You are viewing an archived copy of this website captured Fri Jan 04 15:32:02 AEDT 2013


The Senate is one of two houses of the Australian Parliament. It is comprised of 76 Senators: 12 Senators from each State and 2 Senators from each Territory. Senators are elected using proportional representation – that is, the number of seats won by a party in each State or Territory is closely related to the number of votes received. The Senate shares the power to make laws with the other House of the Parliament, the House of Representatives. For more information about the Senate, click here.


The Senate typically sits for 50 to 60 days a year plus four weeks of Budget Estimates spread across the year. A sitting day in Canberra could look something like this:


7.30 am After checking in at the Office I’ll head to a lecture breakfast hosted by a Government Department or Community Group. These breakfasts are a great way to learn from experts on a specific issue. If there aren’t any breakfasts on there is bound to be a Senate Committee meeting or hearing to attend. Committees are a big part of how the Senate works and meetings are normally held early, before the Senate sits. 

9.30 am Senate commences at 9.30 on all days except Tuesdays when it starts later to accommodate political party caucus meetings in the morning. It is accepted practice that all Senators attend the commencement each day. 

Mornings Debate will then start in the Chamber on legislation. Senators have a maximum of twenty minutes to speak on a Bill but most can often make their point in much less time.If I’m not in the Chamber participating in debate, I’ll be in a Committee meeting, a community group meeting or spending time in the office. 

12.45pm Matter of Public Interest Debate (Wednesday only) – Senators have the opportunity to make speeches of up to fifteen minutes on topics they deem to be a ‘matter of public interest’. This could be to highlight a campaign that is running in the community or where one should begin. 

2.00 pm Question Time. All Senators are present in the Chamber for this hour. Senators ask questions of ministers on any issue related to their portfolio. It is the job of the ministers to outline the Government’s actions in the face of scrutiny from Opposition Senators. You can often watch Question Time on ABC TV and see snippets on the nightly news. 

3.00 pm Taking Note of Answers. The Opposition move to take note of answers given by a minister during Question Time. The debate, where a Senator speaks for five minutes, is used to attack/defend the policies or actions of the Government.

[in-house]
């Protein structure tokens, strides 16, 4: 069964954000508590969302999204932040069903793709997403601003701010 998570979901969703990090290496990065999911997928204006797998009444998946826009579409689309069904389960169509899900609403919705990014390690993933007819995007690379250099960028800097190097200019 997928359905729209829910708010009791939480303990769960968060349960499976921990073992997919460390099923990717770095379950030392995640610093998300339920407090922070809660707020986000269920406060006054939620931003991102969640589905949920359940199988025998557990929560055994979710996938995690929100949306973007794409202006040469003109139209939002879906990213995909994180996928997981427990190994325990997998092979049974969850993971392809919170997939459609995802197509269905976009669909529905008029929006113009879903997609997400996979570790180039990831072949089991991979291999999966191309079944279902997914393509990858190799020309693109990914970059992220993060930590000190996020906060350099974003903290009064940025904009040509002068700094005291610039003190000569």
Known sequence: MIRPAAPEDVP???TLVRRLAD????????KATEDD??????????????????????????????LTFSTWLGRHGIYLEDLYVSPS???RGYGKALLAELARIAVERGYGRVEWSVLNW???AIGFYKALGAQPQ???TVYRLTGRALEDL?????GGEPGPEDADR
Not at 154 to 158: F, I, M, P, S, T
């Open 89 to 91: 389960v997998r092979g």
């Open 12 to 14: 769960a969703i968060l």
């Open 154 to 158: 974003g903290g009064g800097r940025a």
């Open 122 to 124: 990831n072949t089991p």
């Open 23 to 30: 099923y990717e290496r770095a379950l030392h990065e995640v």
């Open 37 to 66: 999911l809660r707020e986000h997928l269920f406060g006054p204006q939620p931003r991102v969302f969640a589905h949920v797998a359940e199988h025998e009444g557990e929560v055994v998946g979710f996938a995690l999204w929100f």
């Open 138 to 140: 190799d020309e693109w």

3.30pm Matter of Public Importance or Urgency Debate. Each morning the Opposition or minor parties submit a topic for this debate, in which Senators speak for ten minutes each, typically on the hot issue of the day. Once again, this is normally used to attack/defend the policies or actions of the Government. Similarly to the legislative debates, if I’m not participating there are many other places to be and matters to discuss. The afternoons are often used to meet with community groups about policy matters affecting them. 

Late Afternoon Throughout the day while debates are on the Government and Opposition only keep a small number of Senators in the Chamber. If a vote is required, the Clerk of the Senate rings the bells and Senators have four minutes to get to the Chamber to vote. To allow Senators to conduct other business outside of the Chamber these votes are often postponed until late afternoon and taken consecutively. However, I’ve been in a fair few meetings where half the room has had to up and dash to the Senate Chamber.

Early Evening Functions or dinners are staged in the early evening by Community Groups or Parliamentary Friends Group. A Parliamentary Friends Group is formed by politicians from both the Government and Opposition to highlight important issues in a bipartisan manner. These groups often put on functions where politicians can hear from experts to learn more about the issue.

Late Evening The adjournment debate is usually called around 8.00pm, except for Monday’s when it is around 10.00pm, and the business of the Senate is over for the day. Senator’s adjournment speeches are up to ten minutes and can be on any topic. 

To ask me a question about the Senate or to raise an issue that you would like me to bring up in Canberra please contact me here.